You're attempting to minimalize her point about war profiteering. And that to me is doing a disservice to the troops, who have to deal with the private contractors that would rather turn a profit than actually provide for the Army.
"Profiteering", as opposed to "profiting" entails exploitation. It is about charging exorbitant prices for goods that tend to be scarce or rationed. A classic example would be selling bread for $100 a loaf during a siege.

Basically, it is an accusation that companies are manipulating the war for their own ends, instead of being hired by the government to perform a service.

MG, you are concerned that troops have to deal with contractors who work for profit. The only way to avoid that situation is to expand the US military to the point where it has enough personnel to perform for itself all the services of a KBR, Bechtel or Halliburton.

As I understand it, that's how we did things in World War II when we had millions and millions of men and women in uniform. If a volunteer force is integral to modern American warfare, then so is cooperation with the private sector.

And accusations of profiteering should be reserved for breaches of faith and contract, not just resentment of the fact that capitalism doesn't stop at the water's edge.

An audit of the KBR subsidiary of Halliburton by The Pentagon’s Defense Contract Audit Agency found $108 million in "questioned costs" and, as of mid-March 2005, said they still had "major" unresolved issues with Halliburton.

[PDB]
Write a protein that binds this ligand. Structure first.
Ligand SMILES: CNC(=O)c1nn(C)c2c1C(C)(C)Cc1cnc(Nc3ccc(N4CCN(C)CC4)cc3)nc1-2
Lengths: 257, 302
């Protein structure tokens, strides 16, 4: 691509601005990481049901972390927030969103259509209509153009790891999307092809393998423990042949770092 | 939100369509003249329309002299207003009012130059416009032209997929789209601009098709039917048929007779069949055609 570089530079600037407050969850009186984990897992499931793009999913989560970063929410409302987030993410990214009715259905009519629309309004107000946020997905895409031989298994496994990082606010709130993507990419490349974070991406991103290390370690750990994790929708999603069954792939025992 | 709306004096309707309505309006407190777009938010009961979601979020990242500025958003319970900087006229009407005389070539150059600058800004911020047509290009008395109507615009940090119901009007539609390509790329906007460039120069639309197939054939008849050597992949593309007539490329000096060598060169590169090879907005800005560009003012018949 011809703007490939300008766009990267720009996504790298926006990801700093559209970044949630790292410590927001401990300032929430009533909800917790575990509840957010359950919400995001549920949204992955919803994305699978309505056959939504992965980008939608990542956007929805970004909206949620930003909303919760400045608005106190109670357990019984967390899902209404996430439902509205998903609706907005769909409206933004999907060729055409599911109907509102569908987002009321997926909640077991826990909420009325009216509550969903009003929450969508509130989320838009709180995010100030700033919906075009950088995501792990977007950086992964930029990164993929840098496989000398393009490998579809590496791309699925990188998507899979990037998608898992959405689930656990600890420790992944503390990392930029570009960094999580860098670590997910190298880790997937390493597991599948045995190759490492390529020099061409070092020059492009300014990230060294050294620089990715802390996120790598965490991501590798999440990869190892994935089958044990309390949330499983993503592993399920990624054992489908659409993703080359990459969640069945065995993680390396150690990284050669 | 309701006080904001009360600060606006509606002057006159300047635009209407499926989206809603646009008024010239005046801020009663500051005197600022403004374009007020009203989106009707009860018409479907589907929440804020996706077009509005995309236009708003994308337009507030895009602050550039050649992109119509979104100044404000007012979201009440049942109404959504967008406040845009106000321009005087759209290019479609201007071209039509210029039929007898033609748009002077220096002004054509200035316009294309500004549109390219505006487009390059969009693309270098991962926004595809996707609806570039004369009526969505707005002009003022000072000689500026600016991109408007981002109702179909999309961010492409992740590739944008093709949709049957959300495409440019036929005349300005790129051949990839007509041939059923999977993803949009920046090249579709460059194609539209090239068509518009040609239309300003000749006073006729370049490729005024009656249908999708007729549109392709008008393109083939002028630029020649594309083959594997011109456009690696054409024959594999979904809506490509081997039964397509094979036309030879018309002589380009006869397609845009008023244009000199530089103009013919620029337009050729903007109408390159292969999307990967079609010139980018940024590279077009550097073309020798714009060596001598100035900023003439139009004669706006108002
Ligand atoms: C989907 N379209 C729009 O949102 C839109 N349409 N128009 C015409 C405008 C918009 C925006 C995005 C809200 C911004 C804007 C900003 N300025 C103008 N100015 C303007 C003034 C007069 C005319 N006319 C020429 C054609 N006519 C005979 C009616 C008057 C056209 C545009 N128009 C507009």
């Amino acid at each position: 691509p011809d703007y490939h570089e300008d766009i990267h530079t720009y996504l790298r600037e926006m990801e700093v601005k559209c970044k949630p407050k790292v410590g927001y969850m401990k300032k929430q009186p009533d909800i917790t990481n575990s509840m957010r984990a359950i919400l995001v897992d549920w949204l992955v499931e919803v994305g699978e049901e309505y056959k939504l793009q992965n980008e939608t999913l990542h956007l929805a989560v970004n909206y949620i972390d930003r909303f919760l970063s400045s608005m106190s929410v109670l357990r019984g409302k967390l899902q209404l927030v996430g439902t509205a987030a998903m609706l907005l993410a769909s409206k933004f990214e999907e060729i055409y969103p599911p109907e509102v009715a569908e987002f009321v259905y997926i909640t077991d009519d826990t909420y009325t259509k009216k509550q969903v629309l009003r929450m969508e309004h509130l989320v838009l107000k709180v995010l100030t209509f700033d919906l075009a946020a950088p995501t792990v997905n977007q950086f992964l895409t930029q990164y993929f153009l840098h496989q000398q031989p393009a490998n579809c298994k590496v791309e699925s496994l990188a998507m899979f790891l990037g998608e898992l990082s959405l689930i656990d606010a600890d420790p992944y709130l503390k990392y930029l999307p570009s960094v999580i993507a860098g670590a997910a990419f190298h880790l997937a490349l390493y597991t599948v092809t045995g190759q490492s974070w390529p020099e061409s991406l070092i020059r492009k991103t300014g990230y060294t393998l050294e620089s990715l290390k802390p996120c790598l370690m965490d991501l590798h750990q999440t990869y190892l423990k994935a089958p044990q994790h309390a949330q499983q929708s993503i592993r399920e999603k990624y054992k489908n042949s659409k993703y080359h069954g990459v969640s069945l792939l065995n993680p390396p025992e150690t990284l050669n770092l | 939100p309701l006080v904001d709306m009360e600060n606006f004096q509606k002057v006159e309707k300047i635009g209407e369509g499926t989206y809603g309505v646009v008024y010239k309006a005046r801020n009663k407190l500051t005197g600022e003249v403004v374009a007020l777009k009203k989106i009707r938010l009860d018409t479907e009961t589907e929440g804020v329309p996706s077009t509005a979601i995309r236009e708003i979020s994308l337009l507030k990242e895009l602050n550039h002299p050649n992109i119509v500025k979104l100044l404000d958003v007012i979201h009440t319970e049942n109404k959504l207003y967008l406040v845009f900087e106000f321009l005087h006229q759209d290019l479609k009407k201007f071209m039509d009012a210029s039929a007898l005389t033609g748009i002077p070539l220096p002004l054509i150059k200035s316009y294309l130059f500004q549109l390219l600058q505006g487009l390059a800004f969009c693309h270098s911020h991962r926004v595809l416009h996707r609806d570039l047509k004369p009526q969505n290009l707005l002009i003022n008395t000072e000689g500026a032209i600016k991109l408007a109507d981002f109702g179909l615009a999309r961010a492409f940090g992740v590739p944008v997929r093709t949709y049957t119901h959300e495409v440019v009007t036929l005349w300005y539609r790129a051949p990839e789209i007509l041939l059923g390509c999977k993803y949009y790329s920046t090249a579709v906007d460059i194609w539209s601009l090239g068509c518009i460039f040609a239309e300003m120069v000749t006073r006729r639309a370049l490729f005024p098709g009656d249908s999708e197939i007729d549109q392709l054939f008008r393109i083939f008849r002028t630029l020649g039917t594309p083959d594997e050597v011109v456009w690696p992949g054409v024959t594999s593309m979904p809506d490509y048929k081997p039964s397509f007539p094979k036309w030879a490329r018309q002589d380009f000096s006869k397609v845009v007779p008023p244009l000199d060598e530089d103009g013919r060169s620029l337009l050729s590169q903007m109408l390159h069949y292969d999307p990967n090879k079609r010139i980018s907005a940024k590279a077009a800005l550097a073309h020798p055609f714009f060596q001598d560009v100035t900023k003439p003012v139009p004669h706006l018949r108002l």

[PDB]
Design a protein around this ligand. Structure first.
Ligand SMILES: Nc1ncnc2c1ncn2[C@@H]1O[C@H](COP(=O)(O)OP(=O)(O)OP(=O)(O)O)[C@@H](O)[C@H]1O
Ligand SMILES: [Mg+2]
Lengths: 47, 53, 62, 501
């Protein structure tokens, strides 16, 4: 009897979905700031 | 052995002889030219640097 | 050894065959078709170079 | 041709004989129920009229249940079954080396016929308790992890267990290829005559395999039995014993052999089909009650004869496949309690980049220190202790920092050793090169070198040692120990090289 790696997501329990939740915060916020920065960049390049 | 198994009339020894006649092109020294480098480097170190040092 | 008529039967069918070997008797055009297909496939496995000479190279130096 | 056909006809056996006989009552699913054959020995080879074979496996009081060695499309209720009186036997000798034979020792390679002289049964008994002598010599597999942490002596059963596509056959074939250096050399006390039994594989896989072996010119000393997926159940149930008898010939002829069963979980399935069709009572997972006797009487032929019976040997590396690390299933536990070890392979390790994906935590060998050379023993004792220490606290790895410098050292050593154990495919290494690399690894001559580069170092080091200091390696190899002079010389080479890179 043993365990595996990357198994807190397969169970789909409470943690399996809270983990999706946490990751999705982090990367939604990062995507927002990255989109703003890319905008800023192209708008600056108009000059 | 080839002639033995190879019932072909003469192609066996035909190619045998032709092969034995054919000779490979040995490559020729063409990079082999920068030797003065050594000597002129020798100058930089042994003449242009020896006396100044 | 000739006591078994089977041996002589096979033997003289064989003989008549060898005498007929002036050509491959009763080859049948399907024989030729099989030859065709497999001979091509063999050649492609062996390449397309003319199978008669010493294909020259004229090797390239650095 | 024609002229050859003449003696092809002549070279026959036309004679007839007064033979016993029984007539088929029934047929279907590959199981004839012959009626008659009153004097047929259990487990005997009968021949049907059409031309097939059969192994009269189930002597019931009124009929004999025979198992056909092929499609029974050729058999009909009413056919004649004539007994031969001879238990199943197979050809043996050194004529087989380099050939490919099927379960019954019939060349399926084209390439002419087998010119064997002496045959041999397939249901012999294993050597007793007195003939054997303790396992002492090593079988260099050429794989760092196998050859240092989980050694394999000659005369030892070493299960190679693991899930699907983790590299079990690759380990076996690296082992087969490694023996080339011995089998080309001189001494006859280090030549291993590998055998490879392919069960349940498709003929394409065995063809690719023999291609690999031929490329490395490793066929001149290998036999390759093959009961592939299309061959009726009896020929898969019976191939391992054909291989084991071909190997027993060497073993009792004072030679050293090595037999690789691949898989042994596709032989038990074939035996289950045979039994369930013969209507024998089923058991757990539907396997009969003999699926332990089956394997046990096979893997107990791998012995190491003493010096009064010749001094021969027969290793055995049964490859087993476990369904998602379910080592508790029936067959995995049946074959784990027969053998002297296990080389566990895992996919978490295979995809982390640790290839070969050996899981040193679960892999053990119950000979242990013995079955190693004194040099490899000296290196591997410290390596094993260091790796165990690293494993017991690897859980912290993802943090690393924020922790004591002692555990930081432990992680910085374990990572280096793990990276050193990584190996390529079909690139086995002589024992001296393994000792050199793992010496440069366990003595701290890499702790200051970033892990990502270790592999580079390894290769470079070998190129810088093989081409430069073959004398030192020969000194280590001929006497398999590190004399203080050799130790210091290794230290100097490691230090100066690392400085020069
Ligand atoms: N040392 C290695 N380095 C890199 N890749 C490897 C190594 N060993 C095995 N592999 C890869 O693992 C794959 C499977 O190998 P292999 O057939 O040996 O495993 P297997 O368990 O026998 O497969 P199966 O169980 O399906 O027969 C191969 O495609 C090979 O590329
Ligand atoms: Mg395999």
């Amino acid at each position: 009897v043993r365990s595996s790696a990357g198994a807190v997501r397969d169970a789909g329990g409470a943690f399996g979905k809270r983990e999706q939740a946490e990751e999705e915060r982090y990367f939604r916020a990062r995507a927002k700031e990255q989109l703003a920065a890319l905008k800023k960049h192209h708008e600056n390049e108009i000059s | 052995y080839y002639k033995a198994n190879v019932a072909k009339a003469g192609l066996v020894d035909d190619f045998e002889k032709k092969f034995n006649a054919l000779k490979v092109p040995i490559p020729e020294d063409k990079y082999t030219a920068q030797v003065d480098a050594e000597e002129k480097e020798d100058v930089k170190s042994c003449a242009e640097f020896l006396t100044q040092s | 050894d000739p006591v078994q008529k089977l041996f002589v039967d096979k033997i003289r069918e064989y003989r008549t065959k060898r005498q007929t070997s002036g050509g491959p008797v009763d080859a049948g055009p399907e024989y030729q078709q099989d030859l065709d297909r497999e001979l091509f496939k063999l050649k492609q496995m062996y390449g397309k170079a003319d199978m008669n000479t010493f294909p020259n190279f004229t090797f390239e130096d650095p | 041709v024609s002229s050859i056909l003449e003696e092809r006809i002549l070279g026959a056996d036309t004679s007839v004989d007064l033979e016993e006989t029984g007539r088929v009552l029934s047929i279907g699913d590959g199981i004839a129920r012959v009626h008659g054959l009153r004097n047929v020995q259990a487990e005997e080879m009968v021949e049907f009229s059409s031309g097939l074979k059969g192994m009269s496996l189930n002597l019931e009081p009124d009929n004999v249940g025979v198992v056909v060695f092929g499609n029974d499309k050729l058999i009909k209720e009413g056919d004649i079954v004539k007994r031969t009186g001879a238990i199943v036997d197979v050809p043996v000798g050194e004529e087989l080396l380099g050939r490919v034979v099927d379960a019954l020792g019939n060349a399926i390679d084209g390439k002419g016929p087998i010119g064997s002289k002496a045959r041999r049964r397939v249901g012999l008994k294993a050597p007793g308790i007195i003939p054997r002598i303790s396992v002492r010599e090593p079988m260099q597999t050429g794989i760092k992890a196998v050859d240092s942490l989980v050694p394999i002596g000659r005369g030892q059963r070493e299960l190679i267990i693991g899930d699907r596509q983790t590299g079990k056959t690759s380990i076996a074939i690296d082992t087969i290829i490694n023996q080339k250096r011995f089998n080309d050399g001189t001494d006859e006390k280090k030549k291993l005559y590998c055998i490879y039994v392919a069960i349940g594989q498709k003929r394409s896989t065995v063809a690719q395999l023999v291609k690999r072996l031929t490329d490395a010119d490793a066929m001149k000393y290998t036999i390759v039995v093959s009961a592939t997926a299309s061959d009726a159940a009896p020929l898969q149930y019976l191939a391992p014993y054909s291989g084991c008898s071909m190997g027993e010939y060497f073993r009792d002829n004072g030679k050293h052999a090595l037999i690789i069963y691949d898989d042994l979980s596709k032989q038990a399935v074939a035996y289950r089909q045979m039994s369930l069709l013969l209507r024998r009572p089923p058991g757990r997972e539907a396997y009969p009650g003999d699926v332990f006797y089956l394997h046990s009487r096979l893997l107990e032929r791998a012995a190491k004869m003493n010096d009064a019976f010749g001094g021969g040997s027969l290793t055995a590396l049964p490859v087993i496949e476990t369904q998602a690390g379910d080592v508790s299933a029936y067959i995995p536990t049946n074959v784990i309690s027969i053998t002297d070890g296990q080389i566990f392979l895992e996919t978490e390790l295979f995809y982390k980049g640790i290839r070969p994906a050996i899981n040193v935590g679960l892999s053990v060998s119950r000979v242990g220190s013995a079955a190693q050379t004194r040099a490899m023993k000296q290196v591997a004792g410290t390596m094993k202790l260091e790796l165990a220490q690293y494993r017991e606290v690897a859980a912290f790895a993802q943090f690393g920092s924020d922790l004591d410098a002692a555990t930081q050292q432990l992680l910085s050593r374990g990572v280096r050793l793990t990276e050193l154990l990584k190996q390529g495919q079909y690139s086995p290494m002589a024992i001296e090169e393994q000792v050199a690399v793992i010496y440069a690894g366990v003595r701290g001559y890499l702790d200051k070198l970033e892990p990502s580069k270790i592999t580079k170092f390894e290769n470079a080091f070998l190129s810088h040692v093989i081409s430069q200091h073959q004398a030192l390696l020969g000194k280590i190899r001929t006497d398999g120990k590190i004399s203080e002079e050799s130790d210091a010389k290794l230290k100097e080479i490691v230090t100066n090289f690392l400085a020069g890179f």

Oh, and MG is on to something. The troops HATE the contractors. Freaking HATE THEM.

And lastly, David has struck a fine phrase. Breach of faith. If Iraq is anything, it is a breach of faith.
David, your point about war profiteering is correct: It does entail exploitation. And that's currently going on, as well.

As an example, I would recommend the "Private Warriors" episode of PBS's "Frontline." In it, it tells us: "An audit by the U.S. Government Accountability Office of dining hall costs for one four-month period alleges KBR charged $88 million dollars for meals they never served. And Pentagon audits allege that KBR overcharged $108 million for fuel and billed the government $1.8 billion in other unsupported costs. The Pentagon terminated the fuel contract."